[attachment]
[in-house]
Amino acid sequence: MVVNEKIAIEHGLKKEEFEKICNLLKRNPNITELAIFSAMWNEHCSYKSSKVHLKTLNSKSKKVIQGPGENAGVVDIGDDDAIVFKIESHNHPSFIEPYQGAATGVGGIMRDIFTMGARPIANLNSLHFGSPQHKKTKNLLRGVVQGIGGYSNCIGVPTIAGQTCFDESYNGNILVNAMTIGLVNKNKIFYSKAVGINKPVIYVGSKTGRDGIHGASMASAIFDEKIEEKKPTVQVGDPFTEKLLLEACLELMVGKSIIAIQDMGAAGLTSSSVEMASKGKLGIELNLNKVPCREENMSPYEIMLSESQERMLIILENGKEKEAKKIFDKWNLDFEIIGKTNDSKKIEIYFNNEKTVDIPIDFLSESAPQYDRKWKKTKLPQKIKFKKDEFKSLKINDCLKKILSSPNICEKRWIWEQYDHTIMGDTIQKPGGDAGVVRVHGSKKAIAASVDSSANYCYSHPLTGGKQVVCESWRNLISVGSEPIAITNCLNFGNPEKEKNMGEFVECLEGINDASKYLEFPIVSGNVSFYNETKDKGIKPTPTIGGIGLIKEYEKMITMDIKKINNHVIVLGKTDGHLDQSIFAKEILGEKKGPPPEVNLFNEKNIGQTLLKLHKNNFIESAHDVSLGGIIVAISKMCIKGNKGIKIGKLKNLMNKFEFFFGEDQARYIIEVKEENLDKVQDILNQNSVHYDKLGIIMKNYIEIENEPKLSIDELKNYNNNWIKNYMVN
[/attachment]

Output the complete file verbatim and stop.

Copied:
[in-house]
Amino acid sequence: MVVNEKIAIEHGLKKEEFEKICNLLKRNPNITELAIFSAMWNEHCSYKSSKVHLKTLNSKSKKVIQGPGENAGVVDIGDDDAIVFKIESHNHPSFIEPYQGAATGVGGIMRDIFTMGARPIANLNSLHFGSPQHKKTKNLLRGVVQGIGGYSNCIGVPTIAGQTCFDESYNGNILVNAMTIGLVNKNKIFYSKAVGINKPVIYVGSKTGRDGIHGASMASAIFDEKIEEKKPTVQVGDPFTEKLLLEACLELMVGKSIIAIQDMGAAGLTSSSVEMASKGKLGIELNLNKVPCREENMSPYEIMLSESQERMLIILENGKEKEAKKIFDKWNLDFEIIGKTNDSKKIEIYFNNEKTVDIPIDFLSESAPQYDRKWKKTKLPQKIKFKKDEFKSLKINDCLKKILSSPNICEKRWIWEQYDHTIMGDTIQKPGGDAGVVRVHGSKKAIAASVDSSANYCYSHPLTGGKQVVCESWRNLISVGSEPIAITNCLNFGNPEKEKNMGEFVECLEGINDASKYLEFPIVSGNVSFYNETKDKGIKPTPTIGGIGLIKEYEKMITMDIKKINNHVIVLGKTDGHLDQSIFAKEILGEKKGPPPEVNLFNEKNIGQTLLKLHKNNFIESAHDVSLGGIIVAISKMCIKGNKGIKIGKLKNLMNKFEFFFGEDQARYIIEVKEENLDKVQDILNQNSVHYDKLGIIMKNYIEIENEPKLSIDELKNYNNNWIKNYMVN